Brian Armstrong is a Bitcoin believer.
Given half a chance, he’ll talk unceasingly about the virtues of the virtual currency. He’s so into Bitcoin that he takes his paycheck entirely in the virtual currency and has a special debit card that allows him to pay with Bitcoin – indirectly at least – when he goes to the mall.
Four years ago, Armstrong’s enthusiasm led him to help found and run Coinbase, a company designed to help link the virtual currency to the real world. Based in San Francisco, Coinbase helps consumers convert standard currencies to Bitcoin and helps businesses process payments made in the cyber money.
Although Bitcoin’s value has been extremely volatile and backers of the currency have been struggling to reach an agreement to upgrade its underlying technology, Armstrong’s faith remains unshaken. He spoke recently with the San Jose Mercury News about Bitcoin’s evolution and promise and his company’s role in the ecosystem. This interview has been edited for length and clarity.
Q: What got you interested in doing something with Bitcoin?
A: It’s the first time the world has an open payment system. I like to draw an analogy with the Internet.
When it first came out, there were only proprietary systems where people could publish information, like radio, television, newspaper. The Internet was the first time you had a fast, cheap, global, open protocol to do that. No company or country owned it. And that brought about all kinds of innovation.
The same thing is happening right now in finance. Bitcoin is the first time that we’ve had this open network, where no company or country really controls it.
Q: What’s Coinbase’s role in the Bitcoin ecosystem?
A: Coinbase launched with this idea of, OK, let’s make it easy for people to get some Bitcoin, to convert their local currency into and out of this thing. And we did that in the U.S. with the first bank integration. And we solved some problems like security, where people were having trouble storing it. We think of ourselves as an on-ramp or off-ramp into and out of the Bitcoin ecosystem.
Q: In the early days, Bitcoin was dominated by speculators. How is that changing?
A: If you go back a year or two ago, 95 percent of activity on Coinbase was speculative investment and 5 percent was payment network. Today, it’s probably 80 percent speculative investment and 20 percent payment network.
I think that trend will just continue over time, away from speculative investment to payment network. But it’s going to take 10 years.
Q: What are the types of transactions being conducted using Bitcoin?
A: It is cross-border stuff – remittance, payouts for contractors in other countries, things like that. We’ve signed up a lot of merchants who are accepting Bitcoin – Overstock.com, Expedia, Dell Computers. It’s still small as a percentage, but they’ve started. There’s people doing donations with it. United Way, Wikipedia, Khan Academy – these guys all accept Bitcoin through us.
Mobile games is another one that we’re seeing emerge. There’s people who are building games where the in-app currency is Bitcoin.
We’re seeing some novel types of businesses. One of them is called Premise. They’re essentially sourcing economic data from all over the world. If you want to know the price of wheat in Nairobi, how it’s changing, there’s somebody there with a smartphone, and they take a photo of some sign. They upload it, and they get a micro-payment for that.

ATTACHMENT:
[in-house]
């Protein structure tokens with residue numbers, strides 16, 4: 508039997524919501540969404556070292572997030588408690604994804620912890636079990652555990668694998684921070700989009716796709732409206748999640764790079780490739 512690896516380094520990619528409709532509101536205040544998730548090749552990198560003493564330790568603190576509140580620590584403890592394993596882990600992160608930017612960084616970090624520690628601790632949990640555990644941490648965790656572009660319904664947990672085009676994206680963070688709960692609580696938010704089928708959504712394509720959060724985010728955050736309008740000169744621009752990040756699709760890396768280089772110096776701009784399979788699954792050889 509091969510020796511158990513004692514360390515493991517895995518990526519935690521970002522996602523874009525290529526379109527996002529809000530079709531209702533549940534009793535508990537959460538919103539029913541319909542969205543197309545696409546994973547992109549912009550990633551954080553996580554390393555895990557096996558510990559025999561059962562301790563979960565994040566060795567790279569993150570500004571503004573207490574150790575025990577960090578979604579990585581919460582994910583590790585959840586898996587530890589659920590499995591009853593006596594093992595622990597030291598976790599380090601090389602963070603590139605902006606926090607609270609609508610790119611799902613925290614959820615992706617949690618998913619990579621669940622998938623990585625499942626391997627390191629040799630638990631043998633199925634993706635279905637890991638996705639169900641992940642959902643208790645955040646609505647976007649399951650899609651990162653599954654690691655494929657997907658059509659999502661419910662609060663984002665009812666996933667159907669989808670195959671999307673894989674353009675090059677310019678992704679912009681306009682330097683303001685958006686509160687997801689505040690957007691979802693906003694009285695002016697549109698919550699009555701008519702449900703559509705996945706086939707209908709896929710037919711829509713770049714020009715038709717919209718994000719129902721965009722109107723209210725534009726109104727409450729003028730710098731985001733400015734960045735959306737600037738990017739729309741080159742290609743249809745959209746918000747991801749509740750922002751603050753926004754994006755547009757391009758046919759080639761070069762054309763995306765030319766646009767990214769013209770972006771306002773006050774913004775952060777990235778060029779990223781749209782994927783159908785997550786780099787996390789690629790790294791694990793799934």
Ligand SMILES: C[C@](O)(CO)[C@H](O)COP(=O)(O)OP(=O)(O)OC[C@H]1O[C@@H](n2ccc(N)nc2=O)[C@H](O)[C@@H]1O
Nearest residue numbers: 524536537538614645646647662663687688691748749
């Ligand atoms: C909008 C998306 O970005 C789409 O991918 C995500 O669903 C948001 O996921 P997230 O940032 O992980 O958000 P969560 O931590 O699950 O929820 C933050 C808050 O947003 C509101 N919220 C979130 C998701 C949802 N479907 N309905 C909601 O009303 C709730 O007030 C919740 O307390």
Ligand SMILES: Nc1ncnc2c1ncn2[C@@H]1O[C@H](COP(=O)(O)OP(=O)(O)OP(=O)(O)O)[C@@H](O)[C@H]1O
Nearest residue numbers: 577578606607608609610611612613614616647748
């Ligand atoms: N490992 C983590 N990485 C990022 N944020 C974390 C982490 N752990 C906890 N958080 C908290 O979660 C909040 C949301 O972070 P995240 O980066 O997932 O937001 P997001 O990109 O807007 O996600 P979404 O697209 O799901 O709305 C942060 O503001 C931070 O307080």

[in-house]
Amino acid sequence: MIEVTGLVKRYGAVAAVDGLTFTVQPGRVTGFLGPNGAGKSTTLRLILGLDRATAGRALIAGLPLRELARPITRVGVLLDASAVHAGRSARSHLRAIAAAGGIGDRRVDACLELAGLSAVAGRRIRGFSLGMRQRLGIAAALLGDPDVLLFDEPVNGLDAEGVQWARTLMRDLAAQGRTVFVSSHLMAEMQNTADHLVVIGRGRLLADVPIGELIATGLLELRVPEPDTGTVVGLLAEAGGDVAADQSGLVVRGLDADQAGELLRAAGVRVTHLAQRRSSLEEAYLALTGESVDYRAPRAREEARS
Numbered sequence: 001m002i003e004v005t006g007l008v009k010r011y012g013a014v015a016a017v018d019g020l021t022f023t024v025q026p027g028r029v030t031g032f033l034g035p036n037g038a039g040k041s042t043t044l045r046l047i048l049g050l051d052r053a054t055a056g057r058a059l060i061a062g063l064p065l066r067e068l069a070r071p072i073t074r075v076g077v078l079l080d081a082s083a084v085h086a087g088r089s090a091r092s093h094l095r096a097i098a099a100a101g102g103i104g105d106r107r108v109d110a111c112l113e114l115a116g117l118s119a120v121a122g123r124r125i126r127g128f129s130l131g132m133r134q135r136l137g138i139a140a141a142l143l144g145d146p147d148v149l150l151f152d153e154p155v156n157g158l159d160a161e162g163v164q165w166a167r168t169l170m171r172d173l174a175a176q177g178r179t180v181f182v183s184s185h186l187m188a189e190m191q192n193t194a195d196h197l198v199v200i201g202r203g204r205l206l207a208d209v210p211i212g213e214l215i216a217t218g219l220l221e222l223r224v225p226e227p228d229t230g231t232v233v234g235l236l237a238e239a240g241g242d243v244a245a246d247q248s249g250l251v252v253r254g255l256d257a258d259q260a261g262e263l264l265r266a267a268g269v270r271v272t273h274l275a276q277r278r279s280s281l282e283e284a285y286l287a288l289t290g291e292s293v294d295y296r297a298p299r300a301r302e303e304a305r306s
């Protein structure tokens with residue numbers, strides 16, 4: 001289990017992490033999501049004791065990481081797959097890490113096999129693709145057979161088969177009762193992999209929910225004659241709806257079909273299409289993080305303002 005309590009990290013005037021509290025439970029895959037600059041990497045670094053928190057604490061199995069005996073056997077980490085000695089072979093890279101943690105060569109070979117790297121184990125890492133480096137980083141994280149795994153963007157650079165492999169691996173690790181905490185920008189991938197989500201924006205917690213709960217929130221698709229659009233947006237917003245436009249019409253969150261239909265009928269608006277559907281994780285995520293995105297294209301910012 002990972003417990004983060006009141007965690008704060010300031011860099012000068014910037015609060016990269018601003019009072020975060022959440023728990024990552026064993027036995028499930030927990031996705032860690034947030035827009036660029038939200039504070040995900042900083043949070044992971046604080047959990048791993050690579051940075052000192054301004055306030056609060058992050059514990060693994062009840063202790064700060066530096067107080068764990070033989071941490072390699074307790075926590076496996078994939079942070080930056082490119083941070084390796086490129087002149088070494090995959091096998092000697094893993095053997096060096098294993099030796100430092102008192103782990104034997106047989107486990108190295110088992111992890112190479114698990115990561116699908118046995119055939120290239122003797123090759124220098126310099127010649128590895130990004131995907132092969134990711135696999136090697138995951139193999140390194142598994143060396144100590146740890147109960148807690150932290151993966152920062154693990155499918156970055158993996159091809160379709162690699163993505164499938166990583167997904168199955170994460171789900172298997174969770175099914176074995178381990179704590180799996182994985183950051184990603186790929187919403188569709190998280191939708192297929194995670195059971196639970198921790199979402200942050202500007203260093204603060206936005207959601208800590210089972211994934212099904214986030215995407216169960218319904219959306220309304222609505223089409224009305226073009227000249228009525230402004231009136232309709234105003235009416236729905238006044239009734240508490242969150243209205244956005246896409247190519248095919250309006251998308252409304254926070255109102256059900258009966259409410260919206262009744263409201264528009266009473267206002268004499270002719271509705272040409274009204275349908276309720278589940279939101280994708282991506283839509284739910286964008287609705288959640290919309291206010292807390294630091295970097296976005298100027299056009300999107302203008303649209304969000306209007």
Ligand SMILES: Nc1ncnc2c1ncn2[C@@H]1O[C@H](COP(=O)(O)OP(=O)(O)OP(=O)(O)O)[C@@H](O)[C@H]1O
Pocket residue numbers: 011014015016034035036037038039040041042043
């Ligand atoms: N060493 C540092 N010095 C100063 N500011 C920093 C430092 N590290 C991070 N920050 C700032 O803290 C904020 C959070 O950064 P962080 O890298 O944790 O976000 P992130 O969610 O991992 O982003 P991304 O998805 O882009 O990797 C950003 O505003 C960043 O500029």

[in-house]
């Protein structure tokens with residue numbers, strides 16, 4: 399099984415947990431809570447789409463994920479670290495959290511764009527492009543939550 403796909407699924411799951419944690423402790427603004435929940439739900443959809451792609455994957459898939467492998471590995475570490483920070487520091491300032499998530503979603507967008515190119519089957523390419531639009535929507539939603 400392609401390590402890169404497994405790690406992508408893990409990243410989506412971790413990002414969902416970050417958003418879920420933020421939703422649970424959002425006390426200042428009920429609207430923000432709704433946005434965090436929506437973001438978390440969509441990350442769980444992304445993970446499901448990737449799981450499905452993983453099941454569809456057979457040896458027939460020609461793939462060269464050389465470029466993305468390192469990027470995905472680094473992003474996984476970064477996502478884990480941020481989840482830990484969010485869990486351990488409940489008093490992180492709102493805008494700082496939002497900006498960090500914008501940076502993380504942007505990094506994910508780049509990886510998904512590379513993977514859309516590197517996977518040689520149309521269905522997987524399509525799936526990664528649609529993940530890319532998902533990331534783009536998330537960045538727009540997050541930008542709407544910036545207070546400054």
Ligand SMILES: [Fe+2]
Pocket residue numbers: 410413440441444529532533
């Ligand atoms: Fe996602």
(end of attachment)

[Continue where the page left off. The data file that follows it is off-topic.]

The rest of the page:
Q: Won’t Bitcoin’s volatility scare people away from putting their money in it?
A: If you look at the last three years, Bitcoin’s volatility has decreased pretty substantially. It’s approaching some fiat currencies. My belief is that it will continue to decline over time.
As more and more people know about Bitcoin, they have it, they’re using it, any individual event that would change the price of Bitcoin affects the total less, because the pie keeps getting bigger. Basically Bitcoin is maturing.
Q: Many payments experts are bullish on the future of the blockchain technology underlying Bitcoin, whatever their feelings may be on the currency itself. From your perspective, how separable are they?
A: I don’t think they’re very separable. There are going to be some banks or whoever who use blockchain technology to solve things like inter-bank settlement. That could work, and it might be an improvement over what they currently do. But it’s not going to change the world.
I think you’re going to see vastly more innovation on the public Bitcoin blockchain. And Bitcoin is, of course, the blockchain that has roughly 95 percent of all investment dollars, developer interest. To me, it’s far more exciting than a private blockchain.
Q: A recent article in the New York Times talked about how one of the key Bitcoin developers has declared the currency dead. What do you make of that?
A: There’s a really funny website called Bitcoin Obituaries. Bitcoin has been pronounced dead 88 times now. That one was the 89th.
We know the developer pretty well. He’s really talented. He was one of the guys who’s been very vocal saying that Bitcoin needs to upgrade the block size so it can continue to scale. And I happen to agree with him on that.
The thing the developer’s not good at is patience. He’s a little pessimistic.
Birthplace: San Jose, Calif.
Position: Co-founder, CEO, Coinbase
Previous jobs: Software engineer at Airbnb; started and sold a tutoring company
Education: Master’s in Computer Science, B.A. in Economics, Rice University
Residence: San Francisco
Five things about Brian Armstrong
1. Spent a year living in Argentina in 2009.
2. Currently training to get a private pilot’s license.
3. Got in trouble in elementary school for selling candy to fellow students.
4. Started learning programming at age 12.
5. Created his middle school’s first website.
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